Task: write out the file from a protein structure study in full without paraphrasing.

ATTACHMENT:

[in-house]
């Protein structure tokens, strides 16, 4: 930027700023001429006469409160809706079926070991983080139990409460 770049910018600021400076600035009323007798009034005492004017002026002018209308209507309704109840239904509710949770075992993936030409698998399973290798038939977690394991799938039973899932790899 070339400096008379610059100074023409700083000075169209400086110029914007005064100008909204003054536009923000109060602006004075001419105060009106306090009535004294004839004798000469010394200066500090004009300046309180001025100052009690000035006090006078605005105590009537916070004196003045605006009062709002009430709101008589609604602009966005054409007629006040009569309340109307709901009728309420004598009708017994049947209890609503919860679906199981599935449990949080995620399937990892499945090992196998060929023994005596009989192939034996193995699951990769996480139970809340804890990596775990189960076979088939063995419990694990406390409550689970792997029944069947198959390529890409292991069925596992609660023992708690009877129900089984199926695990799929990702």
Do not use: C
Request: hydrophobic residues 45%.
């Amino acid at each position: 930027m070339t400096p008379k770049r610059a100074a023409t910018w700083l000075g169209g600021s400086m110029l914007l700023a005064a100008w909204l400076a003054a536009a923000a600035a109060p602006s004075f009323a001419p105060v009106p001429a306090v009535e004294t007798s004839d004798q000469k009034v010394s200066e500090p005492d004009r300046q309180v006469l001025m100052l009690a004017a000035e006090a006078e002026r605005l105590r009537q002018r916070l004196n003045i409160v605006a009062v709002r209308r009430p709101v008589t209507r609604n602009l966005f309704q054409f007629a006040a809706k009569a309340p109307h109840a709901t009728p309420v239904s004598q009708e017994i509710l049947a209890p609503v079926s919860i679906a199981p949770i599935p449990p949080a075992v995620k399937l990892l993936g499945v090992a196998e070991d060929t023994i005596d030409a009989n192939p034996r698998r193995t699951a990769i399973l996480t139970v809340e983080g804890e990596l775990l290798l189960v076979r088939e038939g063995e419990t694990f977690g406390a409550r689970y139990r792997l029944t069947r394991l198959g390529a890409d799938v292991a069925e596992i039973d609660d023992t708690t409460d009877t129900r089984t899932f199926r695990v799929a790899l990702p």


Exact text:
[in-house]
């Protein structure tokens, strides 16, 4: 930027700023001429006469409160809706079926070991983080139990409460 770049910018600021400076600035009323007798009034005492004017002026002018209308209507309704109840239904509710949770075992993936030409698998399973290798038939977690394991799938039973899932790899 070339400096008379610059100074023409700083000075169209400086110029914007005064100008909204003054536009923000109060602006004075001419105060009106306090009535004294004839004798000469010394200066500090004009300046309180001025100052009690000035006090006078605005105590009537916070004196003045605006009062709002009430709101008589609604602009966005054409007629006040009569309340109307709901009728309420004598009708017994049947209890609503919860679906199981599935449990949080995620399937990892499945090992196998060929023994005596009989192939034996193995699951990769996480139970809340804890990596775990189960076979088939063995419990694990406390409550689970792997029944069947198959390529890409292991069925596992609660023992708690009877129900089984199926695990799929990702």
Do not use: C
Request: hydrophobic residues 45%.
């Amino acid at each position: 930027m070339t400096p008379k770049r610059a100074a023409t910018w700083l000075g169209g600021s400086m110029l914007l700023a005064a100008w909204l400076a003054a536009a923000a600035a109060p602006s004075f009323a001419p105060v009106p001429a306090v009535e004294t007798s004839d004798q000469k009034v010394s200066e500090p005492d004009r300046q309180v006469l001025m100052l009690a004017a000035e006090a006078e002026r605005l105590r009537q002018r916070l004196n003045i409160v605006a009062v709002r209308r009430p709101v008589t209507r609604n602009l966005f309704q054409f007629a006040a809706k009569a309340p109307h109840a709901t009728p309420v239904s004598q009708e017994i509710l049947a209890p609503v079926s919860i679906a199981p949770i599935p449990p949080a075992v995620k399937l990892l993936g499945v090992a196998e070991d060929t023994i005596d030409a009989n192939p034996r698998r193995t699951a990769i399973l996480t139970v809340e983080g804890e990596l775990l290798l189960v076979r088939e038939g063995e419990t694990f977690g406390a409550r689970y139990r792997l029944t069947r394991l198959g390529a890409d799938v292991a069925e596992i039973d609660d023992t708690t409460d009877t129900r089984t899932f199926r695990v799929a790899l990702p």